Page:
• Techniques developed to help teams evaluate
    safety culture
  • Safety Culture Touch Points Established to Push
    Discussions
  • Many more high activity period observations being
    made Refueling Outages, Reactor Startups, or
    Shutdowns
  • Analysis Review includes Safety Culture look

19
Tools for Evaluating Safety Culture
  • Safety culture bubble chart
  • Safety culture relative ranking
  • Safety culture summary observation
  • Corrective action database
  • Root cause reports
  • Event reports
  • Oversight reports
  • Significant Operating Experience Report (SOER)
    02-4, Revision 1 Davis-Besse Event

20
Safety Culture Touch Points during Plant
Evaluations
  • Pre-visit at site
  • Discuss evaluation methodology with SVP
  • 2nd Week Phone Call at INPO
  • Discuss observation facts and conclusion
  • 2nd Week Analysis Meeting at site
  • Analyze SC using Evaluation tools
  • OR assessment meeting at INPO
  • Discuss SC findings and results
  • Pre-Exit Meeting
  • Discuss SC findings and results
  • CEO Exit
  • Discuss health of safety culture

21
Safety Culture Bubble Chart
SAMPLE TEXT Weak self-assessments, root cause
determinations, trending processes.
SAMPLE TEXT Leaders demonstrate commitment and
are open to input, but they are not sufficiently
involved.
Leaders demonstrate commitment to safety.
Organizational learning is embraced.
Nuclear safety is everyones responsibility.
SAFETY CULTURE
A what if approach is cultivated.
Decision-making reflects safety first.
Nuclear safety undergoes constant examination.
Nuclear is recognized as different.
Trust permeates the organization.
22
Safety Culture Relative Ranking
23
Evaluation Results
  • 34 plant evaluations and domestic peer reviews
    were conducted in 2005
  • Nine AFIs were written that refer to shortfalls
    with the safety culture principles. These AFIs
    cited deficiencies with 15 principles.
  • Recent OR.1 AFI Example
  • A systematic, rigorous approach has not been used
    for important decisions, this has resulted in
    automatic shutdowns and isolations, distractions
    to the workforce and increased dose, and
    challenged automatic safety features. Also,
    oversight of these decisions by the station
    leadership team is lacking.

24
INPO Programs
INPO Programs
Evaluations
Evaluations
Events Analysis and Information Exchange
Events Analysis and Information Exchange
25
Events Analysis and Safety Culture
  • Screeners add SC (Safety Culture) code to
    potential events
  • Follow-up with station for additional detail on
    these events
  • Trend reports
  • Earlier identification of declining performance
  • Performance Indicators
  • NRC Reactor Oversight Process
  • Analysis Review Board

26
INPO Significant Operating Experience Report
(SOER) 02-04
  • Recommendations
  • Cover the Davis-Besse case study, or a similar
    case study, with all managers and supervisors.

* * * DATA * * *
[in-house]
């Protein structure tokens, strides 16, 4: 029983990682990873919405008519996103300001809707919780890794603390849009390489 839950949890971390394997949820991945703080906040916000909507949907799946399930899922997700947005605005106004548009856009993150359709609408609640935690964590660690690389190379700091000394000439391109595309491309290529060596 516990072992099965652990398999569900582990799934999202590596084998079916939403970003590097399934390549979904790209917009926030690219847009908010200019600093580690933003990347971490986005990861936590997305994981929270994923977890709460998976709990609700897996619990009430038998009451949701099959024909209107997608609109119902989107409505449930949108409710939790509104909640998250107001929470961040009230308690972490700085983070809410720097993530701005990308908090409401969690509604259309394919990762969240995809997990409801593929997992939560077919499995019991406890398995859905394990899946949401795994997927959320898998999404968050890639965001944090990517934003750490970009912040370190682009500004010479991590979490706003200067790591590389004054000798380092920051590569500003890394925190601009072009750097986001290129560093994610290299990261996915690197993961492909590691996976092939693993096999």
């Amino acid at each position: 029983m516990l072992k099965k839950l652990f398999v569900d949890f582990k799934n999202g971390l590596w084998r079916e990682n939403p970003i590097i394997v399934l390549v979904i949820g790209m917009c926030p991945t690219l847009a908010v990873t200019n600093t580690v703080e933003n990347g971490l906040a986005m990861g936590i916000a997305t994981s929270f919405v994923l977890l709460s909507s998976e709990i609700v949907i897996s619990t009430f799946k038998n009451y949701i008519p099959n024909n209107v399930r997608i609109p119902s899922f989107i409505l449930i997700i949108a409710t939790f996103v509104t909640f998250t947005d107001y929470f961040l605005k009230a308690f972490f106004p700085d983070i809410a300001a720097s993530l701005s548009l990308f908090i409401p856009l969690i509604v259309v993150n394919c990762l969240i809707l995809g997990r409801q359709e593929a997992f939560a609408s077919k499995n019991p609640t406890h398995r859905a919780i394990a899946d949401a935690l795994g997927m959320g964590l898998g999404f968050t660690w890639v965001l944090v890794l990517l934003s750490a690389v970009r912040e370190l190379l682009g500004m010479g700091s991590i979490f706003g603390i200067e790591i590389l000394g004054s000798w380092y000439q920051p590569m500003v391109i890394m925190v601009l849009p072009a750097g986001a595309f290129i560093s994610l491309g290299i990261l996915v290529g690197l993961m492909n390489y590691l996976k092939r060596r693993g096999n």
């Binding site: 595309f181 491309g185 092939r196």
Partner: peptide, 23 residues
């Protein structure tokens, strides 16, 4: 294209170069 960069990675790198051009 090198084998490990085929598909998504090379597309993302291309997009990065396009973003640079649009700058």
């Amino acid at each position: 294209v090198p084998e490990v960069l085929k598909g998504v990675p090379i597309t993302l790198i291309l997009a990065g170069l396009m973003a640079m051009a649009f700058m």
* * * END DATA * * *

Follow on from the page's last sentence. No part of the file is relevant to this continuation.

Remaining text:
Continue on a periodic basis and for new managers
    and supervisors.
  • Conduct a self-assessment to determine to what
    degree your organization has a healthy respect
    for nuclear safety and that nuclear safety is not
    compromised by production priorities. The
    self-assessment should emphasize the leadership
    skills and approaches necessary to achieve and
    maintain the proper focus on nuclear safety.
  • Identify and document abnormal plant conditions
    or indications at your station that cannot be
    readily explained. Pay particular attention to
    long-term unexplained conditions.
  • Recommendations can be evaluated every plant
    evaluation.

27
INPO Programs
Evaluations
Events Analysis and Information Exchange
28
Training and Safety Culture
  • Train the way you work
  • Safety culture elements embedded in training
  • HPI training reinforces safety culture
  • Management owns training
  • Periodic comprehensive training accreditation
    board review (Safety culture is in evidence)
  • Emphasis during our seminars and courses

29
INPO Programs
Evaluations
Events Analysis and Information Exchange
30
Assistance Activities
  • Assistance visits look at safety culture
  • Comments provided at assistance debrief
  • Senior representatives assigned for assistance
    interactions
  • Four key activities
  • Operator turnover
  • Oncoming shift crew briefing
  • Plan of the day meeting (Leadership meeting)
  • Condition report screening

31
INPO Lessons Learned
  • Significant events typically drive major safety
    culture changes
  • Safety culture principles are effective
  • Strong safety culture yields strong performance
  • Senior management must buy into and reinforce
    safety culture principles (i.e., it starts at the
    top)
  • Tendency to become complacent is difficult to
    overcome

32
Looking Ahead to the Future
  • Principles for a Strong Nuclear Safety Culture
    are not expected to change
  • Gain experience with new evaluation Performance
    Objectives Criteria
  • OR.1 FOUNDATION FOR NUCLEAR SAFETY
  • OR.2 LEADERSHIP AND MANAGEMENT
  • OR.3 HUMAN PERFORMANCE
  • OR.4 MANAGEMENT AND LEADERSHIP DEVELOPMENT
  • OR.5 INDEPENDENT MONITORING AND ASSESSMENT
  • Continue to embed Safety Culture elements deeply
    into the 4 INPO Cornerstone programs
  • Work with the NRC on the integration of Safety
    Culture into the Reactor Oversight Process
  • Further Integration of Safety Culture and Human
    Performance?

33
Davis-Besse Lessons Learned
34
How close were we to the corner?
Source James Reason. Managing the Risks of
Organizational Accidents, 1997 (in press).